Serving Millennials on the Journey Toward Significant Life
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Traditions and Today's Youth

I was listening to a Mark Driscoll message on a run recently and heard him say something pretty close to this and yesterday I posted it on Twitter (I can’t find the original talk to verify the exact quote):

Every church needs to decide if it will embrace its traditions or its kids. Most churches choose traditions and lose their kids.

Now and then those of you who don’t use Twitter miss out on things (don’t worry, I used to be a Twitter hater too) and I don’t want you to miss out on this.

It was interesting to see people from varying opinions react to the quote.

I’m curious what you think though:

Do you think the quote is true?

Do you think it is possible to have some traditions and still reach today’s kids?

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  • http://jakebelder.com Jake Belder

    I guess I would need to hear the message for context because I’m not sure how the two are related. It seems like a false dichotomy to me.

    • http://www.manofdepravity.com Tyler

      Definitely each church’s own context will provide a different answer to this question. But judging by statistics alone, I think this quote is hard to argue with.

  • http://thoughtsaboutnothing.com Kyle Reed

    I personally think this quote is dead on. Especially after the conversations I have been having lately.
    Church is not about one person or even one generation. For some reason it seems that it has turned into that though. Which leads to a big problem amongst older and younger generations. Now for me to walk in to church today and start to tell a 60 yr old minister that he needs to change everything because they are not relevant would really ostracize me from him and the church community. Mainly because I would be doing the same thing as him, wanting the church to cater to my generation and wants.

    I think there has to be a compromise, and honestly I think the older generation needs to bring that compromise.

    When Matt Chandler walked into his church in Texas it was an older member church. He told them that they were going after the younger generation and that he needed their help. He needed them to be there to mentor, guide, and shape the next generation. That things would not be always up to what they wanted but that they could be apart of a movement. As we know now they decided to join in instead of demand that it was about them.

    This is a great conversation to have.

  • Carrie

    So we all know that Mark Driscoll is not excessively diplomatic, and of course that comment could offend people. That’s OK. That’s him. He’s trying to get us to think.

    I think this is true now and will always be true. When we get older (I’m 30ish), the “kids” will want to change our “new” traditions, and we’d better adapt, or they will leave.

    I also think that, instead of couching this generationally, we should couch it as…How do we reach people (of any age) who don’t know Christ and weren’t raised in the old church traditions? (Hint: It’s probably not by continuing in the same traditions that mean nothing to those who didn’t grow up with them.)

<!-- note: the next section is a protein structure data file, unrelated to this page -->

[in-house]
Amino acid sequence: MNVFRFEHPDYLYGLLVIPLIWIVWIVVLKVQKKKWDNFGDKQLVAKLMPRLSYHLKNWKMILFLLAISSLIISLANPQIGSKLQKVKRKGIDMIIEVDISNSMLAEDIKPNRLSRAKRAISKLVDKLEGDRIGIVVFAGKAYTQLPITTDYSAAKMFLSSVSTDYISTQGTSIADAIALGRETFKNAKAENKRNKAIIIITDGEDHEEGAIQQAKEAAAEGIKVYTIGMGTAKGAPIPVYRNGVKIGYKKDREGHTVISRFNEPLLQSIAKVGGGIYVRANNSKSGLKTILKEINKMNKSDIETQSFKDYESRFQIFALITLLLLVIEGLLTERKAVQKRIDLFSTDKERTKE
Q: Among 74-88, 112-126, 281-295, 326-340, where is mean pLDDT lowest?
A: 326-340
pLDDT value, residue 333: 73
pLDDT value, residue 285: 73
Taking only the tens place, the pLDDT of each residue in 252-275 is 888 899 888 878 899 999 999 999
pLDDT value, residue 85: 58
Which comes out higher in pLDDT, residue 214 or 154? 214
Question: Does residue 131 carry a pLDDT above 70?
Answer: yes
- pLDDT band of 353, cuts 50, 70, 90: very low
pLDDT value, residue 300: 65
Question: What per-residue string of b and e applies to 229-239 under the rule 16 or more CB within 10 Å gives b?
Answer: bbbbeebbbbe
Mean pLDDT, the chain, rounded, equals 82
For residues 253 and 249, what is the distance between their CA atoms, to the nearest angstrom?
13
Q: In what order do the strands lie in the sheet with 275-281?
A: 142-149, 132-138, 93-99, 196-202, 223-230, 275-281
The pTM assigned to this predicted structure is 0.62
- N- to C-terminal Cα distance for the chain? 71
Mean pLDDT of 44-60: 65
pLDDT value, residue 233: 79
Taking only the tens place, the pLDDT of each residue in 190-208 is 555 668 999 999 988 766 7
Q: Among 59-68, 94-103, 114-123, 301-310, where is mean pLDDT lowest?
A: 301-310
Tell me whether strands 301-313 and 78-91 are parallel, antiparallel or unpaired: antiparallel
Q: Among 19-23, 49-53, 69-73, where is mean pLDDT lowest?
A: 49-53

• AmyE

    I understand the point behind this, but I think that we totally short change our kids, by saying kids can’t appreciate tradition. Think of all the family traditions that we teach our kids … and many of them grow to love and count on them each year and each season. The difference is we teach them the meaning behind them. The hymn “It is Well with My Soul” was on in my car (a somewhat updated version), and my 15 year old son was singing along … and enjoying it. When I shared the story behind the hymn, he was blown away. My point is … if we could allow the “young people” to understand why the hymn or tradition mattered to the older generation … what trial those particular words brought them through, I think our kids are compassionate enough to appreciate that each of us has our own story and our own way of connecting with God. It may not be our favorite style, but we are raising globally aware kids who are being taught to see the world through others’ eyes, and I think we can help them see that they don’t need their church experience spoon fed to them in only one way just because that’s the sound or media element that they like. Being the body of Christ involves including the whole body … and yes, this goes the other way as well, the older learning to understand the younger as well.

    • http://www.manofdepravity.com Tyler

      I can’t say I disagree with anything you said Amy. Within the music/worship area of church, I especially agree. The problem I have with hymns is when people demand they be sung (they aren’t the Bible) or when they need to be played a specific way (think organ). That to me is more about tradition than spiritual formation.

      • Yonas

        I think you’re just jealous cause organ players are cool and awesome!! :)

      • Alan Wilkerson